I read a different article that suggested that many of the buried machines were worth more like 5-6k pounds.

The issue is that they dig straight down and can't get the machine back out without a crane and rigging.

Yeah ... it still blows my mind.

B said...

THe crane to pull the (much smaller than pictured)tractors from the holes (which cost more like $15-20K NEW)probably costs more than the machine they would be retrieving. Used, these machines can be had for less than $7500.

In other words, a crane to retrieve a (at best) $20K machine will cost $25K for transport, setup, and use, plus takedown and transport back to the yard.

ANd I doubt that they are using brand new machines on these jobs.

But hey, misrepresenting things makes for a much more sensational article.

I am surprised that the environemtal folks allow them to be buried, however.

Anonymous said...

Honestly, the linked article sounds more typical of the Guardian than the Telegraph. Just sayin'.

--Wes S.

Anonymous said...

Those Brittish just can't drive a backhoe.

They need to get a few drivers like this one:


Anonymous said...

Haven't looked any farther at story- but off top of my head- being familiar with excavation and particularly the attachemnts used(having built them for several years)--This sounds like a bunch of baloney!
That backhoe(as called in some places- will only excavate down till you can't put the dirt out of the hole. NOTE- The hoe has to be OUT of the hole to dig down. that arm goes DOWN, not UP. The bucket on the front goes up only aprox 10-15 feet maybe- to dump. That is a single basement level. Point being dig down? without a ramp? You aren't going anywhere! Unless there is a Long-reach tracked excavator digging the pit- which again- makes the 'Hoe redundant- why have it in there anyway? Or a bobcat even- I spose to smooth the bottom? The 2nd makes no sense part is "where are they burying it? In the still lower floor? by another 10 foot? I dunno- I may be totally wrong but it seems like a tall tale that residential construction is doing anything so bizarre- except in some extreme case where the construction cost is surely in the mega bucks anyway- because ya know, when you go very deep- water level?? Isn't London kinda low vs sea level(much is-not all) but more importantly- cave-in from dirt much?? I dunno!!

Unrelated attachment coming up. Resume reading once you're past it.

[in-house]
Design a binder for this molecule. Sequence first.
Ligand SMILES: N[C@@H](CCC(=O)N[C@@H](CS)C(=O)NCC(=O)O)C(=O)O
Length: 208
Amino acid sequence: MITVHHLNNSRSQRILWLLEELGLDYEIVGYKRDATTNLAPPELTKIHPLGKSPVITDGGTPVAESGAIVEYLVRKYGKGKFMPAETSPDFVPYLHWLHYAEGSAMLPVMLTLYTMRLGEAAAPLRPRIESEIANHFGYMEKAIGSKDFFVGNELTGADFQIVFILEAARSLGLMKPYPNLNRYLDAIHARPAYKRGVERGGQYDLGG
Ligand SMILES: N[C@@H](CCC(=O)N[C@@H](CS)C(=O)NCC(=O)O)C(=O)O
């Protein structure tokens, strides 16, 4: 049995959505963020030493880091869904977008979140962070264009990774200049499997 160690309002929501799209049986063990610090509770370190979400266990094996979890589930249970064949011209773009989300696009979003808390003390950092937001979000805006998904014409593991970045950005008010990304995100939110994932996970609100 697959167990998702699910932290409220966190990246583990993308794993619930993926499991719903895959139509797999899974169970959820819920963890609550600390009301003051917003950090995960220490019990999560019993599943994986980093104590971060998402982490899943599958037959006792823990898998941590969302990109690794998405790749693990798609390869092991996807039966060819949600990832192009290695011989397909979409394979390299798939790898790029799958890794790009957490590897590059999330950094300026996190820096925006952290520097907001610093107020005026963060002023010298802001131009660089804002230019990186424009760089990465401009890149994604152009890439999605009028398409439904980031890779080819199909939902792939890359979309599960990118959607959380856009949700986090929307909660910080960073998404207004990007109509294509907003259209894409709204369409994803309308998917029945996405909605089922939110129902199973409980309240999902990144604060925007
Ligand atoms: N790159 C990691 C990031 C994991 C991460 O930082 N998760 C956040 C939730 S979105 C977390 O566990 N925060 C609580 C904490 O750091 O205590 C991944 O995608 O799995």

No offense Peter- always enjoy reading all your posts- Sincerely Wish you continued good fortune with your books! Rock On!:)

jon spencer said...

There are even abandoned in place multi million dollar tunnel boring machines. Guess it just takes a little number crunching to figure out the options cost.

Anonymous said...

Another possible reason for not recovering the machine: It's been stolen.
Earth-moving equipment have high theft numbers. I would suspect that a percentage of these were either knowingly bought as "hot", or were stolen to order. Or, of questionable lineage such that the homeowner didn't want to chance trying to recover his investment.

I'm surprised that no enterprising individuals have come up with a business of removing these for homeowners. With the right equipment and knowledge/expertise, a two person team could make a good return on investment.

Coconut said...

I like the subtle hint of "they've got TOO MUCH MONEY" that wafts off that article like cat piss under the bed.

STxRynn said...

Coconut! That comment needs a beverage alert. I barely choked down my coffee before I spewed.

Good grief!!!!

Weetabix said...

The story writer's name wasn't... Mike Mulligan... was it? ;-)